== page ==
Too Much Leptin Leads to Overeating and Weight Gain
Leptin is a hormone released by fat cells that plays a key role in appetite control. The hormone tells the brain when a person is hungry and should eat, and also coordinates this with energy utilization (signaling to the brain that the body has enough energy stores). Known as an appetite-suppressing hormone, leptin levels are generally lower in thin people and higher in people with more body fat.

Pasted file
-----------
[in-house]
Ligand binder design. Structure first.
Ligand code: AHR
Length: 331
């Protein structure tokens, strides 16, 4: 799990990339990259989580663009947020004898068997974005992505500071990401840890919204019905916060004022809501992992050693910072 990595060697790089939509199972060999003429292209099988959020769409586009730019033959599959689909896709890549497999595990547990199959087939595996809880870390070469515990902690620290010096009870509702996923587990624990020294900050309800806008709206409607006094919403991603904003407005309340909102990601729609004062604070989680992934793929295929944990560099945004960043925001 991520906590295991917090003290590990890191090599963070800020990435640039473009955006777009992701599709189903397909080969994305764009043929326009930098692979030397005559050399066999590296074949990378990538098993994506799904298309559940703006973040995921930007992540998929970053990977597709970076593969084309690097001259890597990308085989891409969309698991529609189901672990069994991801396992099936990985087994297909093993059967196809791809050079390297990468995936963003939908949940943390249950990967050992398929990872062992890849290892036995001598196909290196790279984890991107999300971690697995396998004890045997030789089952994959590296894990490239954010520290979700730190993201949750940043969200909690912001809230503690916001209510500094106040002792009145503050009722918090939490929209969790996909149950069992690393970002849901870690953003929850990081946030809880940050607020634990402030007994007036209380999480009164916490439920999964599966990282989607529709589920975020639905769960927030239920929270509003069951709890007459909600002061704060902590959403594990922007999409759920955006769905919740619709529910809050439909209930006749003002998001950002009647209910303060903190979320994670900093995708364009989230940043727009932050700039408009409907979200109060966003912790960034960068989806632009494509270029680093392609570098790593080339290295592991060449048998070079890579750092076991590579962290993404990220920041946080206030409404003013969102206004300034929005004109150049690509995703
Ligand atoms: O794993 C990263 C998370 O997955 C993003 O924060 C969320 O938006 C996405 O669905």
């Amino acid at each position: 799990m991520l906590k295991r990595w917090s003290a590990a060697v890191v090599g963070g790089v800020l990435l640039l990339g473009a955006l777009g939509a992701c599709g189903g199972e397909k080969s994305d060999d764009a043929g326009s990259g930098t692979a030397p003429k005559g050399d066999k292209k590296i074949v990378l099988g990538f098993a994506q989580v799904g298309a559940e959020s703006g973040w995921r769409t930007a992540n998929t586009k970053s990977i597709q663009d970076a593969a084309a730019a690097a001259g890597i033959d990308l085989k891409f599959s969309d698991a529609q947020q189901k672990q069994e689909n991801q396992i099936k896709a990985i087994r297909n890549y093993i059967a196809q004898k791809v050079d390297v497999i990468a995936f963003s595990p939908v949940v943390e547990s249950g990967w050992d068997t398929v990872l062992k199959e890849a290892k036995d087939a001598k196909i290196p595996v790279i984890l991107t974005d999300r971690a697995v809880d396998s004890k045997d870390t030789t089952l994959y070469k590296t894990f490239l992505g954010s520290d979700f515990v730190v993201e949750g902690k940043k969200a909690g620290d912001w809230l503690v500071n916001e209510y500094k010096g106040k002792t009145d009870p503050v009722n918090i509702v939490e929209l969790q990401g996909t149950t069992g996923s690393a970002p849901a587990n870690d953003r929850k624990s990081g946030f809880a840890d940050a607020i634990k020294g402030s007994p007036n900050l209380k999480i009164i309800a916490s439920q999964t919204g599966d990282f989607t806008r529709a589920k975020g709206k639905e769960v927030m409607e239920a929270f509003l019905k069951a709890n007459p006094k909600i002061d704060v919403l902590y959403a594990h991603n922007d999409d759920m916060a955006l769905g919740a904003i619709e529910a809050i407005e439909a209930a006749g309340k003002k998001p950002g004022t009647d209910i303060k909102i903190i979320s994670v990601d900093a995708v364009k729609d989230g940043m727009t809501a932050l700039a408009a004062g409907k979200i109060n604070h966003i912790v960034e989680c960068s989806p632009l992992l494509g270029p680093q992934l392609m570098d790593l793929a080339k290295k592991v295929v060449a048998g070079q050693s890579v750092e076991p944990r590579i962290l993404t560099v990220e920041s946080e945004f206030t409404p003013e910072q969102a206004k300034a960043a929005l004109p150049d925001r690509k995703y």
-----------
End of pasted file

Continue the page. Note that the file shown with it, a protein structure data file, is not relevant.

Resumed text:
Chronically high leptin levels can cause the body to stop responding to it effects, which can cause overeating and weight gain. High levels often correlate with high levels of insulin.
A feeling of satiety or fullness is the result of leptin signaling to the brain that a person has had enough food. In obese individuals, this signal is not properly received, even though there is an abundance of leptin in the body.
Continuous high levels of leptin can cause the body to become “leptin resistant,” a mechanism in the body that is similar to insulin resistance.
Controlling leptin levels is important, as high levels can cause obesity and weight gain, which contribute to the development of prediabetes and diabetes.